Turing showed that every possible computation can be precisely specified by a recipe consisting of a sequence of simple steps. This is analogous to the man in the Chinese room who is following instructions in a book. This sequence of steps is called an algorithm; all computer programmes are algorithms. Anything that can be accomplished with an algorithm can in principle be accomplished eventually by a computer. Anything that can not be accomplished by an algorithm can not in principle ever be accomplished by a computer, no matter how powerful it is.

There was another clever chap called Gödel who like most famous mathematicians had his own theory; it is called Goedel's Incompleteness Theorem. I don't understand his theorem much. His theorem showed that no algorithm for proving mathematical truths can prove them all. This means that there are mathematical truths that are known to us, but can not be proven by a computer. We have arrived at these mathematical truths through human insight.

Penrose reasons that since there are mathematical truths that we have discovered, which we can prove are not discoverable by an algorithm, then there are mathematical truths we can discover that computers can not, regardless of how powerful they are. In other words, there are things we can do which computers can not do and this is 'proven'. And so a computer can not completely reproduce the capabilities of the human mind.

Penrose further offered a way out of this… that quantum physical processes may be able to go beyond what can be accomplished by a classical computer, can go beyond algorithmic computing. And his book explores this a little further but obviously without any proof since science does not know how the brain works in detail as yet.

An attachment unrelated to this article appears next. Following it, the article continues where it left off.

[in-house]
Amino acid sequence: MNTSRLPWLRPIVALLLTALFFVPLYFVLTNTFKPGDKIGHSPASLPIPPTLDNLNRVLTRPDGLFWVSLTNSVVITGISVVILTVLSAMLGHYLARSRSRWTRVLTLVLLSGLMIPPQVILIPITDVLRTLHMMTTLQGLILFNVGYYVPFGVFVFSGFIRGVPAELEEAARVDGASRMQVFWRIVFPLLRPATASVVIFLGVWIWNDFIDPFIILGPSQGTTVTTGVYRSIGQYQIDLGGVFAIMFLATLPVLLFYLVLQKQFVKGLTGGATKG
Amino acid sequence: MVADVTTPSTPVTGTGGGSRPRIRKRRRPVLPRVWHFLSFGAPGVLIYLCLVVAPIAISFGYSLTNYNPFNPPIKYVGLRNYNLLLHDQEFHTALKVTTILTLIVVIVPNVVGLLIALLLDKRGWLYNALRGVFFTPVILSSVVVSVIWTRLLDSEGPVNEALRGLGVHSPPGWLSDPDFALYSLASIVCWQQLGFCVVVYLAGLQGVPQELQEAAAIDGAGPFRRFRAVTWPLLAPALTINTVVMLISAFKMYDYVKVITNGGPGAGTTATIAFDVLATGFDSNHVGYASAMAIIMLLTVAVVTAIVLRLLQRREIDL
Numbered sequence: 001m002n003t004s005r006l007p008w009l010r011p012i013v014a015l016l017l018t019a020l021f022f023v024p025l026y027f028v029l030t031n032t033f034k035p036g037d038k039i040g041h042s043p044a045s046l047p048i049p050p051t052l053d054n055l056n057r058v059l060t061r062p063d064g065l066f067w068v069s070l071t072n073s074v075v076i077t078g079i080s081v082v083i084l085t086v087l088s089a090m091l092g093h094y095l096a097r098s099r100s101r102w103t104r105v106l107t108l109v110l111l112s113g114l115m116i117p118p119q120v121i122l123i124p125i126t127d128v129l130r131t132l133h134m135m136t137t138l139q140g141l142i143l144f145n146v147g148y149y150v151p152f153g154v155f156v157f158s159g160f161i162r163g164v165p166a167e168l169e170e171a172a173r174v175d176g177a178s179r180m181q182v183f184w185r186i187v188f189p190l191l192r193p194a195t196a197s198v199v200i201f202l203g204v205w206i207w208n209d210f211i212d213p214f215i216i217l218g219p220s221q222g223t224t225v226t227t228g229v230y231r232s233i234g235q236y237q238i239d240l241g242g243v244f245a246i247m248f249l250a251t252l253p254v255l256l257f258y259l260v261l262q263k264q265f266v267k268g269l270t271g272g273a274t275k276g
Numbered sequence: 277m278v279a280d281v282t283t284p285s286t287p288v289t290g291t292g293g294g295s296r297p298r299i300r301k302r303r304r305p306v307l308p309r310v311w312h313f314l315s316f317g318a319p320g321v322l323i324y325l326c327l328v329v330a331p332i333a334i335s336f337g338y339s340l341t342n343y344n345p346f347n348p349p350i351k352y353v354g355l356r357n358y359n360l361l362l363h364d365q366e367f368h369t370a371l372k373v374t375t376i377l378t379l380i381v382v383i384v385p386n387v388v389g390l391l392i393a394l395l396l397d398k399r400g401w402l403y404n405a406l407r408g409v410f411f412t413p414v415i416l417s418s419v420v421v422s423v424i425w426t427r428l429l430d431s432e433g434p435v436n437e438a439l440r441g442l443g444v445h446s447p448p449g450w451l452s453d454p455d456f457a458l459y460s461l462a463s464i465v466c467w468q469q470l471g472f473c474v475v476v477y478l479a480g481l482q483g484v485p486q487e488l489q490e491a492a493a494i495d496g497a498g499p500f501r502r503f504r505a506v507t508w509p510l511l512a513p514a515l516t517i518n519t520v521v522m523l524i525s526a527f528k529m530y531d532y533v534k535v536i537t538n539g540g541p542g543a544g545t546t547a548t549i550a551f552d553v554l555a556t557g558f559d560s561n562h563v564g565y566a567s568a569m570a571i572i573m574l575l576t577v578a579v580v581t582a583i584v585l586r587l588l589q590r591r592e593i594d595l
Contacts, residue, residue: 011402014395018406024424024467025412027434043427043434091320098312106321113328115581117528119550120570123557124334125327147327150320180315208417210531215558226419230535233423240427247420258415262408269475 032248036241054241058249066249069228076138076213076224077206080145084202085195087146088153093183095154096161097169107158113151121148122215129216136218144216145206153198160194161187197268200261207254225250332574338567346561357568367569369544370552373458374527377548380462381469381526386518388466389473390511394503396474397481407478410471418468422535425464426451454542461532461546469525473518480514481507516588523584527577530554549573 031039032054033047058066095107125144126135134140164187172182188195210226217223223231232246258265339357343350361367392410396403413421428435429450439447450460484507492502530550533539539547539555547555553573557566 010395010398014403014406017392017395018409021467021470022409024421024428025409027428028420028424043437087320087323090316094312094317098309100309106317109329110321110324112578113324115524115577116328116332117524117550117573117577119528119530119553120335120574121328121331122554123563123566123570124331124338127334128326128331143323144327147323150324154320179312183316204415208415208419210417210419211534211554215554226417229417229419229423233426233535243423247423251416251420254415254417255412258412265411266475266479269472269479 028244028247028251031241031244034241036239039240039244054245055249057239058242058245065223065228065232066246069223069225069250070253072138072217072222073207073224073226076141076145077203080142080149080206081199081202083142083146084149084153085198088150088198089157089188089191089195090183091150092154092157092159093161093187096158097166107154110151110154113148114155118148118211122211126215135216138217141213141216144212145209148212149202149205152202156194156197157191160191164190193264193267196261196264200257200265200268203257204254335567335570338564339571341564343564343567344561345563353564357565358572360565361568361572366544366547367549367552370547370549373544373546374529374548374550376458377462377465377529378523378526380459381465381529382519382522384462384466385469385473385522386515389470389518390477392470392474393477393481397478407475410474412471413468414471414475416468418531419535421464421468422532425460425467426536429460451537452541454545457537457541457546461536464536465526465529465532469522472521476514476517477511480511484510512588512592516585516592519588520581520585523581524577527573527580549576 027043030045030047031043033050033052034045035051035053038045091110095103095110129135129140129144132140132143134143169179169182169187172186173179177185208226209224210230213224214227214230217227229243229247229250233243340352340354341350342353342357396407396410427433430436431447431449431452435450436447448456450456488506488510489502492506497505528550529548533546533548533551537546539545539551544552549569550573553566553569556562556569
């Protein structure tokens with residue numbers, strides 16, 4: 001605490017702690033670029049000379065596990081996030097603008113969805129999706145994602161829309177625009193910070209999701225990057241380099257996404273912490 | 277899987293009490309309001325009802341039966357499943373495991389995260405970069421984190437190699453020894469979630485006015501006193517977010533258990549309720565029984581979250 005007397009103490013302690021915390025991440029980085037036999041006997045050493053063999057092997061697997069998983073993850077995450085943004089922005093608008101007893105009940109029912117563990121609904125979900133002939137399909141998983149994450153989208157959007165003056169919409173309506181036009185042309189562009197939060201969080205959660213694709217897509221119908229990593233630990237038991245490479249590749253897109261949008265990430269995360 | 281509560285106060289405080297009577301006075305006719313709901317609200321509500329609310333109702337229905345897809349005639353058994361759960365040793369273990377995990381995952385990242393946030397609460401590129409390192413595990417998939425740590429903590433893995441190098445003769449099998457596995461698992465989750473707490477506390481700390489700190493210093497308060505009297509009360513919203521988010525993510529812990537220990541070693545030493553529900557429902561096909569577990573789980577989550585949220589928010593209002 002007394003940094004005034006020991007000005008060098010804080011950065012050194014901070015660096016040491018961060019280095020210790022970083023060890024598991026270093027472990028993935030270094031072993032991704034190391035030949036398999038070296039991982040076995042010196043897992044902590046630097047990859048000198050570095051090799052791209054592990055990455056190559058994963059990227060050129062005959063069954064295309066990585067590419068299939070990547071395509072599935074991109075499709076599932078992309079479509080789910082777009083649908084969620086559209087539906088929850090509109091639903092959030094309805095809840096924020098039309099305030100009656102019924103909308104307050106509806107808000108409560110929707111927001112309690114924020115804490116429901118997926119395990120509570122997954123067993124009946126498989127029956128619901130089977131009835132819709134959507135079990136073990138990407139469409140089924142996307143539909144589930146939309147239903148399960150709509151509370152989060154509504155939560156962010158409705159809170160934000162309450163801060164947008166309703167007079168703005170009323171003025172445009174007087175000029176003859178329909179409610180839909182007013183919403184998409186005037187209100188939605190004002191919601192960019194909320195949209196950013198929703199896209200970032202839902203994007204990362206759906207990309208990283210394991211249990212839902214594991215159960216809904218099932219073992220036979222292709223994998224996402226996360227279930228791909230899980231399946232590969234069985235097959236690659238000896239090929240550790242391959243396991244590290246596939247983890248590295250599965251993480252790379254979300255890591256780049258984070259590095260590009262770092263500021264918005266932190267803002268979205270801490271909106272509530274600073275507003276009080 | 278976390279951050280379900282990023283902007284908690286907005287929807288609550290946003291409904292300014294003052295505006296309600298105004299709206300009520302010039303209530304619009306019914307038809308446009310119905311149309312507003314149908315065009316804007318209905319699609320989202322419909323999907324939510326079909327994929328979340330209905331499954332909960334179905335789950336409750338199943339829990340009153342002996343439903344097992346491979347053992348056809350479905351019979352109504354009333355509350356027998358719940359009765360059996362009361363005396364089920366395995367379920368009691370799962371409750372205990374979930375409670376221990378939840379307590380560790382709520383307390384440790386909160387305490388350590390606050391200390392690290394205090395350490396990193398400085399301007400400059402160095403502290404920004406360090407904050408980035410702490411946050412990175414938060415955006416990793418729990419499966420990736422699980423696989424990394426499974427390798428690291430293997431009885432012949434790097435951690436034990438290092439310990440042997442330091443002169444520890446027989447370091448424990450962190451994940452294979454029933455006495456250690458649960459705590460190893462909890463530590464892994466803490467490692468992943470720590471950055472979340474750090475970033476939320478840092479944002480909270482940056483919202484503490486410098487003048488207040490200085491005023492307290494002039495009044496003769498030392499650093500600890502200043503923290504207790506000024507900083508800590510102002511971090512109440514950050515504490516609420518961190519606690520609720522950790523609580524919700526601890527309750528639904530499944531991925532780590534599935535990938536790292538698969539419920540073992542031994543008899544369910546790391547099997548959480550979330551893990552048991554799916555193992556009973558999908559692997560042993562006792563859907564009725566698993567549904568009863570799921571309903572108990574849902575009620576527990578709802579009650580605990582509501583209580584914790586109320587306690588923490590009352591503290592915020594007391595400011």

Quote:

Originally Posted by Pano (https://www.diyaudio.com/forums/the-lounge/173198-chinese-experiment-post3290802.html#post3290802)
If a computer or robot could be taught to recognize itself in a mirror, would it be self-aware? That should not be too hard a task for good A.I.

I suspect it's quite easy to program a robot to recognize itself - as in, be able to set a flag in memory to indicate that an image it captures matches a stored reference.

wahab 19th December 2012 01:42 AM

Quote:

Originally Posted by Pano (https://www.diyaudio.com/forums/the-lounge/173198-chinese-experiment-post3290706.html#post3290706)
Is conciseness just a level of complexity?

Undoubtly..

The principle of life is inherently an electromagnetic force induced phenomenon,
hence only its complexity differentiate it from more common electromagnetic
processes that statisticaly have orders of magnitude higher occurrence as single
difference , the occurrence being inversely proportionnal (not linearly, of course) to complexity.

M Gregg 19th December 2012 08:14 AM

Quote:


I suspect it's quite easy to program a robot to recognize itself - as in, be able to set a flag in memory to indicate that an image it captures matches a stored reference.
Yes compare an image..however when we look in a mirror when wearing a mask we know its us..so what are we comparing? (Is this me? who is "me") This is not my face but a reflection of me in a mask, however is it my consciousness looking at me?

So is this a reflection of my mind or a reflection of my image? How do I know the reflection is not really "me"..ie it is a reflection not me looking at me?
Or a person who looks like me looking at me?
I would know that an exact copy is not me..it is something else.. A mannequin is not a human..etc

When you look in a mirror is the image what you expect to see?<<yes sounds nuts however we are in constant change..a guy once said to me when he looks in the mirror he thinks (who is that old man looking at me) in his mind he has a personal image and its not old..

Regards
M. Gregg